Sunday, November 30, 2014

Four Tips to Start Saving for Your Child's College Education


Did you know that the 7 of 10 students graduating from college, and the national average of student loan debt for college graduates college was nearly $30,000. This statistic does not even include those students that did not graduate, nor does it include those that are graduate students working towards Masters or Doctorate degrees. For someone like myself, that figure is only a small fraction of the actual total of student loan debt.



The Institute for College Access & Success complies data each year via their The Project on Student Debt, which is published online for those to read and learn about. In 2012, the average debt levels for all graduating seniors with student loans rose to $29,400 , which is a a 25% increase from $23,450 in 2008. It increased 25% in SIX years.



That does not even surprise me, in the slightest bit. For a great number of reasons that I won't delve into on this post, I chose private institutions for undergraduate and graduate school. Both schools were out of state, which added an additional layer of required expenses. However, to go to college, even an in-state school or even a community college, I knew it was going to be inevitable that I would have to take out student loans.

According to The Project on Student Debt, in the year 2012, students graduated with the following average student loan debt:
• At public colleges, average debt was $25,550 — 25% higher than in 2008, when the average was $20,450.
• At private nonprofit colleges, average debt was $32,300 — 15% higher than in 2008, when the average was $28,200.
• At for-profit colleges, average debt was $39,950 — 26% higher than in 2008, when the average was $31,800.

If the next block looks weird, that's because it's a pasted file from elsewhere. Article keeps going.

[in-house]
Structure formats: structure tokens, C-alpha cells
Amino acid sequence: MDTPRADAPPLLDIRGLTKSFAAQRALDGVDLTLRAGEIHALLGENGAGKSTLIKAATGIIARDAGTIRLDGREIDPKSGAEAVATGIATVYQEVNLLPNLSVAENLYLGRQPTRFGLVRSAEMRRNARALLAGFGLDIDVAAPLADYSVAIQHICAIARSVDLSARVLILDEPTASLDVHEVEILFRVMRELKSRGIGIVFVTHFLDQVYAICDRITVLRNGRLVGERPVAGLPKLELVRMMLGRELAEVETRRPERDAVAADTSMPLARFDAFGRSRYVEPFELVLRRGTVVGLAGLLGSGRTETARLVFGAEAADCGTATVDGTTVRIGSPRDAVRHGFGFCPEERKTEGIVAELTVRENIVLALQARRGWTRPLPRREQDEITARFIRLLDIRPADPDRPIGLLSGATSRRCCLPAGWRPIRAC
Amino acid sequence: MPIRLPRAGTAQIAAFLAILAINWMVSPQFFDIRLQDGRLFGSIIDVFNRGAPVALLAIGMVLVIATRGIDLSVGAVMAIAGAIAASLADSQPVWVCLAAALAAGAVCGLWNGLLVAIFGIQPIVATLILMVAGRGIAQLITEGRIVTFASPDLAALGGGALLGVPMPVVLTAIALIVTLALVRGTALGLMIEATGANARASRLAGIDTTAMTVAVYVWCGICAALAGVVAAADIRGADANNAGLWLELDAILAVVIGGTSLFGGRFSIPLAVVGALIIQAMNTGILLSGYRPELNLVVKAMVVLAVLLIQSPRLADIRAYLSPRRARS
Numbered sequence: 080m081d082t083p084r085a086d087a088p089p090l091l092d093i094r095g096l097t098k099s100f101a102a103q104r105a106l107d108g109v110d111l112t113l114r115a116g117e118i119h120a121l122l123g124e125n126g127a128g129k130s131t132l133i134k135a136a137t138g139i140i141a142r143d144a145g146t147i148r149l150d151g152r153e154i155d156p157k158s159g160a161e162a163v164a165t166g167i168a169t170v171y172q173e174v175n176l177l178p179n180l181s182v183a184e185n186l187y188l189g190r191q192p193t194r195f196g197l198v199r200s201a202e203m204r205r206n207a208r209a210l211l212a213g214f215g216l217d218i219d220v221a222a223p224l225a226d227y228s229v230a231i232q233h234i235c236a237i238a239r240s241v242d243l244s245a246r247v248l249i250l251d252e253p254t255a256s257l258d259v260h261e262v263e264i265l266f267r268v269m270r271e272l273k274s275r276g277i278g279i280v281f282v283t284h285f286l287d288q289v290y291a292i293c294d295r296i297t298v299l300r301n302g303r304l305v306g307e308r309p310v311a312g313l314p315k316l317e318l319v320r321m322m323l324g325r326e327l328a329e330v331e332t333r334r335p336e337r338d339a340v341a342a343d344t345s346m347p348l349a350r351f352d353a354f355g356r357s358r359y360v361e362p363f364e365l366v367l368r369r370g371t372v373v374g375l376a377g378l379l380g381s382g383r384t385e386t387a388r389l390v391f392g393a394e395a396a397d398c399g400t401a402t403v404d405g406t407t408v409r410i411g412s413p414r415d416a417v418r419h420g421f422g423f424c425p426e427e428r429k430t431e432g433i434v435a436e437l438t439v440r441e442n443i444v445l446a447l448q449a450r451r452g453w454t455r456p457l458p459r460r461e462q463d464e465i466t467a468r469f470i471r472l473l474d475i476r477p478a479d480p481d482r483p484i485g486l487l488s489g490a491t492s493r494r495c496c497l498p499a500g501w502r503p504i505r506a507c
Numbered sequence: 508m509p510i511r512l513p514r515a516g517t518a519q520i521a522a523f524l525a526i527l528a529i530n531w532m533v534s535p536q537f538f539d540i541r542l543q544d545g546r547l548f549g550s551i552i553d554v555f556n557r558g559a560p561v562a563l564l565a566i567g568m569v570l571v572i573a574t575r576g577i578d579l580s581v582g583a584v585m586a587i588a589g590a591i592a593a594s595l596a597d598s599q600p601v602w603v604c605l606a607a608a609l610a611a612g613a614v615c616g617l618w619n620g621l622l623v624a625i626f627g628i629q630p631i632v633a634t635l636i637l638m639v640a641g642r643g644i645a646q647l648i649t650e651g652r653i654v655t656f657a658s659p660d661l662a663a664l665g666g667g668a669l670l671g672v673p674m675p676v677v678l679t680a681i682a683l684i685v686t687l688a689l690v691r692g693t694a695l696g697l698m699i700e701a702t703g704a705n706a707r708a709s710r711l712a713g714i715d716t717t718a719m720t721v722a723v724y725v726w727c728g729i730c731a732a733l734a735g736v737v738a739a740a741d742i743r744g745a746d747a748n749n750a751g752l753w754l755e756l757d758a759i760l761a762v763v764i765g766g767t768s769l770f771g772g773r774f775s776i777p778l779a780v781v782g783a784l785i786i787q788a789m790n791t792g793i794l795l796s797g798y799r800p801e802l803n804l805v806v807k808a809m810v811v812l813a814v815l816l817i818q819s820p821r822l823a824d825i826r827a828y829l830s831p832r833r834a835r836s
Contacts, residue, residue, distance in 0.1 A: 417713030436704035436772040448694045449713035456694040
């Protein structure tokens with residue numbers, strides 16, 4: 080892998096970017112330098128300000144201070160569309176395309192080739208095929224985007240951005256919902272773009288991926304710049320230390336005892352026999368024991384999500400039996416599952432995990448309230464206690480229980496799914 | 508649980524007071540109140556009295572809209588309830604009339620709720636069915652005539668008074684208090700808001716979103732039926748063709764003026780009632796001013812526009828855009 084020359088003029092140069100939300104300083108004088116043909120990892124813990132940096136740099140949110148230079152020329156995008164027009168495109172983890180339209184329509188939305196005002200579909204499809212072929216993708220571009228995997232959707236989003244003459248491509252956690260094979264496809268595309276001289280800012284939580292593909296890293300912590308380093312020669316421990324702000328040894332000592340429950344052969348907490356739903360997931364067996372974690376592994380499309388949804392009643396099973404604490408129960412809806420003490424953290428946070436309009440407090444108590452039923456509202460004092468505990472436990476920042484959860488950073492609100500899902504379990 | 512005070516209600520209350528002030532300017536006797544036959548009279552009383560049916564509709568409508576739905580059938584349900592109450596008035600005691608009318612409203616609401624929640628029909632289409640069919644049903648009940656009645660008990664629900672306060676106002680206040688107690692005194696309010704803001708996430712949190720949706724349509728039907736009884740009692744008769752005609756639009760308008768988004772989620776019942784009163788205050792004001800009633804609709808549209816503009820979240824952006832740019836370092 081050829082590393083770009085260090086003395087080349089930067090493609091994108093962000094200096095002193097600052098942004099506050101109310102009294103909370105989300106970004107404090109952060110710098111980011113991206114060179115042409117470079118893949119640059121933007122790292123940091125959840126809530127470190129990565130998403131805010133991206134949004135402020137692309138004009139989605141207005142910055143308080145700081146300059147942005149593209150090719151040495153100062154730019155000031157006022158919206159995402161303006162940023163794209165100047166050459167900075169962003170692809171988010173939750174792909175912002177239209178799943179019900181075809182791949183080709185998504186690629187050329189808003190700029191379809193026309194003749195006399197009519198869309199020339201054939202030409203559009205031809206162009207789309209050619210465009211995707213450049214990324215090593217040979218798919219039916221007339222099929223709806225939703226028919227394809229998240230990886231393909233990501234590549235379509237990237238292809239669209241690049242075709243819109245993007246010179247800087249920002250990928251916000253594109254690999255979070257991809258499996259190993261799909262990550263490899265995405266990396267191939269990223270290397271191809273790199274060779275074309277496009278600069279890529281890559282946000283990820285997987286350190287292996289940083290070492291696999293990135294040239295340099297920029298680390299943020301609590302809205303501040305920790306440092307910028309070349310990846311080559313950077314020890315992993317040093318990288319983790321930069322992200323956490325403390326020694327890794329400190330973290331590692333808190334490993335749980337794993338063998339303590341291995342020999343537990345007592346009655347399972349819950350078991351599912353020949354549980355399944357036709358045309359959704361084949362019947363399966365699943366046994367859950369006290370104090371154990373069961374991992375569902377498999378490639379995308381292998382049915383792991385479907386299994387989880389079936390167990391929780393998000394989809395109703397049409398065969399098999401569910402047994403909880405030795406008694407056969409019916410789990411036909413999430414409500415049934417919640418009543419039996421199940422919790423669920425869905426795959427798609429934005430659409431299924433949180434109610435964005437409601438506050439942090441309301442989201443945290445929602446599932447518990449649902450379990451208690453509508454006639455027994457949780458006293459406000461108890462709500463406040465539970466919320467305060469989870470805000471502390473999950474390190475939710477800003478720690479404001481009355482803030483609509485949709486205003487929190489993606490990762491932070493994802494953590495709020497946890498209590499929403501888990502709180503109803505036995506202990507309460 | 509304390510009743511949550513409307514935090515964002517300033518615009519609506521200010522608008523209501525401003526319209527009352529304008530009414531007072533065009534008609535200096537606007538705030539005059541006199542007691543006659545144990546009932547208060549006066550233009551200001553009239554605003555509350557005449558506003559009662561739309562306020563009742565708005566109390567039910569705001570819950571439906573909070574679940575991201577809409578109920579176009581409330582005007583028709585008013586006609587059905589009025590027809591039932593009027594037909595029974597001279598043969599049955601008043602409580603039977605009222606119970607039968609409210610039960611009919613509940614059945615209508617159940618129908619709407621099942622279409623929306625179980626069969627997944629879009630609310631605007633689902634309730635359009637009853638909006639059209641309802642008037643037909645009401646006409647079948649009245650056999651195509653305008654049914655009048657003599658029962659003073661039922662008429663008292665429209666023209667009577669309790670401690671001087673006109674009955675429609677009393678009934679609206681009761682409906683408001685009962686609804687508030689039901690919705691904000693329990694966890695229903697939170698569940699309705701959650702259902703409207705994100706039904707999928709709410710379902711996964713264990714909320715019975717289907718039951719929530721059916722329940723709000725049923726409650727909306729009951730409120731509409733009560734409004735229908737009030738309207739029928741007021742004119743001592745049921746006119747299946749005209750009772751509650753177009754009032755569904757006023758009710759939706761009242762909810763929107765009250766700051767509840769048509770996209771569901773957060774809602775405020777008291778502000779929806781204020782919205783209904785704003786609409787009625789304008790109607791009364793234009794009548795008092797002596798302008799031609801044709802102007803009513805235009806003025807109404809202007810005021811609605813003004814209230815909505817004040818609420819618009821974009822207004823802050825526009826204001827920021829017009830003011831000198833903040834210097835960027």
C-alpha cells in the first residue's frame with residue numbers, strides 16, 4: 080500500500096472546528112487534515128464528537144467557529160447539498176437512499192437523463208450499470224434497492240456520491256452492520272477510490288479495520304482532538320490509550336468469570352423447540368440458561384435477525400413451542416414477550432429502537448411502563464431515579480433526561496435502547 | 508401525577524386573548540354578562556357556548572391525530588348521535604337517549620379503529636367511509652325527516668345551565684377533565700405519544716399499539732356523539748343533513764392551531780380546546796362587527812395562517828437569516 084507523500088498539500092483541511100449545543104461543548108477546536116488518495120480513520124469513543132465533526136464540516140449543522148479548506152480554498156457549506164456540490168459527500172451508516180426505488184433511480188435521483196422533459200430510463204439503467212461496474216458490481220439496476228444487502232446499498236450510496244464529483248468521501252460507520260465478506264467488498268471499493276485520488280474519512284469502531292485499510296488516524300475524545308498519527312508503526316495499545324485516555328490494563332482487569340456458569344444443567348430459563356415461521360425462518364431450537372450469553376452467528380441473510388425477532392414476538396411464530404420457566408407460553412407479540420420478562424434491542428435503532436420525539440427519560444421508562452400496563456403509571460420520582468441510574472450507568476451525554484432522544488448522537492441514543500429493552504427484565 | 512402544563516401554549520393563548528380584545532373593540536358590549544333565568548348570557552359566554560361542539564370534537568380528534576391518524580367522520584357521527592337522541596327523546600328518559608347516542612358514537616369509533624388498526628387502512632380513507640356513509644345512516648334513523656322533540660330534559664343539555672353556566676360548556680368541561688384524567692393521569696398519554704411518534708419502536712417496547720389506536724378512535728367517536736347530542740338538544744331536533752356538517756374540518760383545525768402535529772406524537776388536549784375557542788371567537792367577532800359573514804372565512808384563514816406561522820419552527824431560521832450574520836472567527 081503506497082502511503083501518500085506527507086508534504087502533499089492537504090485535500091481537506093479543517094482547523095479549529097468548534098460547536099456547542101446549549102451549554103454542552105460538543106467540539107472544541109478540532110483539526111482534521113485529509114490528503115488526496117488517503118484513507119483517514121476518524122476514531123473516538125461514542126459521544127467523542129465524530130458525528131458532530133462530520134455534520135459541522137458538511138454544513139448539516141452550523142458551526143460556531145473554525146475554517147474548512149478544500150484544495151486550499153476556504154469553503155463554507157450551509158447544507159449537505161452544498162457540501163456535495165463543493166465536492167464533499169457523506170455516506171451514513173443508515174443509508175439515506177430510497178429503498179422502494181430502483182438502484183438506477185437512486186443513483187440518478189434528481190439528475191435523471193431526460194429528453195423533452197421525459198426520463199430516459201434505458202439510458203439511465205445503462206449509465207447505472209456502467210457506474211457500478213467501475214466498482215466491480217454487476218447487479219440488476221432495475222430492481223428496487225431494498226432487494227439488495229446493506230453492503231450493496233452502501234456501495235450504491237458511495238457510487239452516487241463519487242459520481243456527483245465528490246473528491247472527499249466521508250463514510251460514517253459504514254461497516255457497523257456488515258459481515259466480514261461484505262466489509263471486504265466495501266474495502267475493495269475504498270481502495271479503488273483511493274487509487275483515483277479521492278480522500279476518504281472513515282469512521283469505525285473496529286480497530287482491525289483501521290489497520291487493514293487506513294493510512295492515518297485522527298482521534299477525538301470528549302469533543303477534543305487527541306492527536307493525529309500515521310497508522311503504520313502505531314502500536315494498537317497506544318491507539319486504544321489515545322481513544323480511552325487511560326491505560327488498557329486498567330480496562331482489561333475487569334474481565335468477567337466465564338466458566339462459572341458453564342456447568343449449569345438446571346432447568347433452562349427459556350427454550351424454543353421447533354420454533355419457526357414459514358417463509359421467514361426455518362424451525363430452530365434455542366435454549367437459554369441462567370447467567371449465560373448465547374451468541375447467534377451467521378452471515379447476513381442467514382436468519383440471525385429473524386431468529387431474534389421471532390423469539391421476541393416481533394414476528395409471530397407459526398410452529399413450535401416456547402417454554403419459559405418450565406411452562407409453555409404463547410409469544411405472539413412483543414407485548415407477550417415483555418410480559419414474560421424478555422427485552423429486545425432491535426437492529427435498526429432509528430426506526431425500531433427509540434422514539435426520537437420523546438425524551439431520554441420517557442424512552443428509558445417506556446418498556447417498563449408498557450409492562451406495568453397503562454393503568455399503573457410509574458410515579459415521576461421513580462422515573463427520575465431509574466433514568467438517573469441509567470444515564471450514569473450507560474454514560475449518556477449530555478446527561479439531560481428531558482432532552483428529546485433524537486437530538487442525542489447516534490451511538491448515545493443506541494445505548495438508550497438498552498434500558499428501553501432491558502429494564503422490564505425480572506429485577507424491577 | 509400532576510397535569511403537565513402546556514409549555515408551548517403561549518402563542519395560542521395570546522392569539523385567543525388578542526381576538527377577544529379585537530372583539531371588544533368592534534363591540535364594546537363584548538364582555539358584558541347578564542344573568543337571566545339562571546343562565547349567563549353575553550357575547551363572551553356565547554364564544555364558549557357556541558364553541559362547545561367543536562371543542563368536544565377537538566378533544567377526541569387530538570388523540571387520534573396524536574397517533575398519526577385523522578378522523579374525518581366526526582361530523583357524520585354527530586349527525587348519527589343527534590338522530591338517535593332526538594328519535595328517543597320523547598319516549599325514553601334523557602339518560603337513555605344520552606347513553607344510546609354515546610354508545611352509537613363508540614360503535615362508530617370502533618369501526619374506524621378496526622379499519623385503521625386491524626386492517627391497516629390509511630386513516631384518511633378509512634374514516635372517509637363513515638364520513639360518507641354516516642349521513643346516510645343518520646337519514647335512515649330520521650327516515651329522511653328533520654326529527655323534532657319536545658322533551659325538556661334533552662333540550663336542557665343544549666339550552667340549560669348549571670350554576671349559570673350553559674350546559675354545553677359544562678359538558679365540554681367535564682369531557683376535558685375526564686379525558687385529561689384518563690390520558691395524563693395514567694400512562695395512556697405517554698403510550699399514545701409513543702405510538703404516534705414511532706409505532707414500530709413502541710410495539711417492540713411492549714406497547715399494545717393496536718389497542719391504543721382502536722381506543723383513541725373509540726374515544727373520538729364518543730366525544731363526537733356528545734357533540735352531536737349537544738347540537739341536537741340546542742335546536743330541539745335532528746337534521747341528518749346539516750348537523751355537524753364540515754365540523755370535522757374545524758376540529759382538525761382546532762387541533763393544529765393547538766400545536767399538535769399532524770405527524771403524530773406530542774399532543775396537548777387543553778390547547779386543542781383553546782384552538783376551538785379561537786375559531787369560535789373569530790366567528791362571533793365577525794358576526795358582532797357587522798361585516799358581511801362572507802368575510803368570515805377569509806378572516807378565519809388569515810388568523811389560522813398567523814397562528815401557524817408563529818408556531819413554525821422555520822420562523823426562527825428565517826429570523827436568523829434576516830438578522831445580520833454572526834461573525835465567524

Yes. These figures are 2.5 years old. And the thought of having children going to college in about 15+ years? I don't even want to estimate or project the potential costs. Because of my student loan debt and the average gains in average student loan debt, my husband and I prioritize saving for our children's college funds. I'm going to share a few tips that we have been doing in order to save for our three children, so they aren't burdened with the stress of the loans I have to deal with for the next 30+ years. And do I mean stress. My student loan payments, once they all reach their full payment amounts, will be at least 2.5x my monthly rent living in a moderately expensive suburb of Phoenix. Seriously.
  1. Start savings accounts as soon as you can after your children are born. Why save in that adorable piggy bank when you can save at the bank and build interest? Make that money work for your children! Capital One's 360 Checking and 360 Savings are fee-free and earn interest, so you can get started early for your little one's future!
  2. Save it all until children want to spend. The little bit of money each of your children receives for their birthdays and other gifts from aunts, uncles, and grandparents, put ALL of it in their college savings until they're old enough to want to save it up to spend on something. A one year old child doesn't know that their $20 from their grandparents ends up in their savings account. As soon as you get those checks in the mail? IMMEDIATELY deposit them. With Capital One 360, they provide a remote deposit capture with the Capital One 360 CheckMate tool and make savings a snap with the Automatic Savings Plan.